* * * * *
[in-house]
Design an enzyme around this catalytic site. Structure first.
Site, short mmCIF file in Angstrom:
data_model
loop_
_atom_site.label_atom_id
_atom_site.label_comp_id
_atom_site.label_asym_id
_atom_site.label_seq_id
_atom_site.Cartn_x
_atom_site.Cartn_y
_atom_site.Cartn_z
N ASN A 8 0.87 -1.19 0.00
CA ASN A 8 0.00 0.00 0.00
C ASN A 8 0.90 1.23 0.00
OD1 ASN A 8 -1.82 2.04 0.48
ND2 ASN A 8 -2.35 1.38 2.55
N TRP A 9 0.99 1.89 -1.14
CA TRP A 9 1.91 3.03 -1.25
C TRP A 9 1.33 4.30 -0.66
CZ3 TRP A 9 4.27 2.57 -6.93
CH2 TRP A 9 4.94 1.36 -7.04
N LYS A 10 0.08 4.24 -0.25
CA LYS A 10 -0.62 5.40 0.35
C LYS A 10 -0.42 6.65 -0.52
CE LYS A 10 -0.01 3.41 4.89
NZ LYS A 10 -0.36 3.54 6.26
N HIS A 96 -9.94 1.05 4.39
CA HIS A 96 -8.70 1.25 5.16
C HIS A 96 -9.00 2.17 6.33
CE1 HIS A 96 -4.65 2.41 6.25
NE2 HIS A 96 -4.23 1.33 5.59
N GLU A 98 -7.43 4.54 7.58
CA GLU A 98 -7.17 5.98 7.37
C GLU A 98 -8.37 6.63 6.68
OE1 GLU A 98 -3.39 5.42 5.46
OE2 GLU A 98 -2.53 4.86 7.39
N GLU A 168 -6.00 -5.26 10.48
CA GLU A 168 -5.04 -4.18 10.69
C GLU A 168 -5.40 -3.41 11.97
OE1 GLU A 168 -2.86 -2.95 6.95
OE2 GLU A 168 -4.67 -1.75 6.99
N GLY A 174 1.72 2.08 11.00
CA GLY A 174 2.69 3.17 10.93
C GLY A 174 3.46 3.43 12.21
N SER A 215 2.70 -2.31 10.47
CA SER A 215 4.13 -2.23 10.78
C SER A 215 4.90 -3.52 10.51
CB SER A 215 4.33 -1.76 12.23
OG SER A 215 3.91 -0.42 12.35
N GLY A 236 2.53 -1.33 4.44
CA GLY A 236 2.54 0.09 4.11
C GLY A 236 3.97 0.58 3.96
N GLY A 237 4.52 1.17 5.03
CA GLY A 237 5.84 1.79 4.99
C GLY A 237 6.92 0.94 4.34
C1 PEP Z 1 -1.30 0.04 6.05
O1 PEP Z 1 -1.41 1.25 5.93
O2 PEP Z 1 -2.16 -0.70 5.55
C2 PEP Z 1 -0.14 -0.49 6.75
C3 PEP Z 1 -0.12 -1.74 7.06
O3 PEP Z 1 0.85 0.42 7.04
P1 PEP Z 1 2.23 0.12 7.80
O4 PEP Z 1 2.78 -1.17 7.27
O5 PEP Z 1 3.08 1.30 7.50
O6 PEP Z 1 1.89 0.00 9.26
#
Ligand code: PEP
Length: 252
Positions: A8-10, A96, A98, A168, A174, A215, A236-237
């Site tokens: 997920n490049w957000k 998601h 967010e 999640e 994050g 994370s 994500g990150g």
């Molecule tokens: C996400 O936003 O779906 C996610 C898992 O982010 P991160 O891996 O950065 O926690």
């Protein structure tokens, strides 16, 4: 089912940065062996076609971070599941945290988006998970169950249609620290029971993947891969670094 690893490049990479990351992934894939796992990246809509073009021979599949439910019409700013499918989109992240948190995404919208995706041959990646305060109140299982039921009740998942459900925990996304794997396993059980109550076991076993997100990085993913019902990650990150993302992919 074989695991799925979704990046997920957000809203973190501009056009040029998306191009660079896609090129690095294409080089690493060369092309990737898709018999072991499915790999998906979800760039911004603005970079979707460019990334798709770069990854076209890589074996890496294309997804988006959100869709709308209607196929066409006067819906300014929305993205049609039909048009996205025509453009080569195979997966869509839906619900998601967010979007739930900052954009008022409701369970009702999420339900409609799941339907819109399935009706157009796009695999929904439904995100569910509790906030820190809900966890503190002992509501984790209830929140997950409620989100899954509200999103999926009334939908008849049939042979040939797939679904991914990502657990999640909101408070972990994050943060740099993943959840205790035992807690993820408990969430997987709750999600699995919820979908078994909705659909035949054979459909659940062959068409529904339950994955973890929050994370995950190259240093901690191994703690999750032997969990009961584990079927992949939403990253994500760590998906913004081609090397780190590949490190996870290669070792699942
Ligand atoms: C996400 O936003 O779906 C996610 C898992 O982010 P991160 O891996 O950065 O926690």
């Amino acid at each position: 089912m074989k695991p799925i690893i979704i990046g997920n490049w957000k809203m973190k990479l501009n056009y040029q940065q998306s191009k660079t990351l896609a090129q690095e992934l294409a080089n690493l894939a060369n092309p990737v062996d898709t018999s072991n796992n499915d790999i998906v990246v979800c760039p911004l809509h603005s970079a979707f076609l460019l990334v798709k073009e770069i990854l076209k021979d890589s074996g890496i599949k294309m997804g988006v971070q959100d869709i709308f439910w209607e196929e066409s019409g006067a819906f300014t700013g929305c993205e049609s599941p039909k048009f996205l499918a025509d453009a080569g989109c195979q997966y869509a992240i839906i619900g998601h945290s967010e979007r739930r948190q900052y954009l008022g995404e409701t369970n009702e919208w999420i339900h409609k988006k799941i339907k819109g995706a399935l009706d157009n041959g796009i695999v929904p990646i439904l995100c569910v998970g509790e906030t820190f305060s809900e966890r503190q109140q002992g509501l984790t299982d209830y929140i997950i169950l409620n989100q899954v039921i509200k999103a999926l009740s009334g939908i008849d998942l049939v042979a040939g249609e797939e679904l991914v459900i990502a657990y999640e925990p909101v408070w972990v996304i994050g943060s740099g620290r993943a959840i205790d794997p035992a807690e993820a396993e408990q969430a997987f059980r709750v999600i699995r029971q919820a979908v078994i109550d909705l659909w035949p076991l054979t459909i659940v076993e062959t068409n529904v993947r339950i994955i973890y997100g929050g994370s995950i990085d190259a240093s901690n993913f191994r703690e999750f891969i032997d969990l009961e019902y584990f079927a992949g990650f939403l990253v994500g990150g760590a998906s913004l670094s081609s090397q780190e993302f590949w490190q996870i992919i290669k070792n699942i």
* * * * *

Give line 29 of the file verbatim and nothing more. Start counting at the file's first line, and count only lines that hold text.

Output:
CA HIS A 96 -8.70 1.25 5.16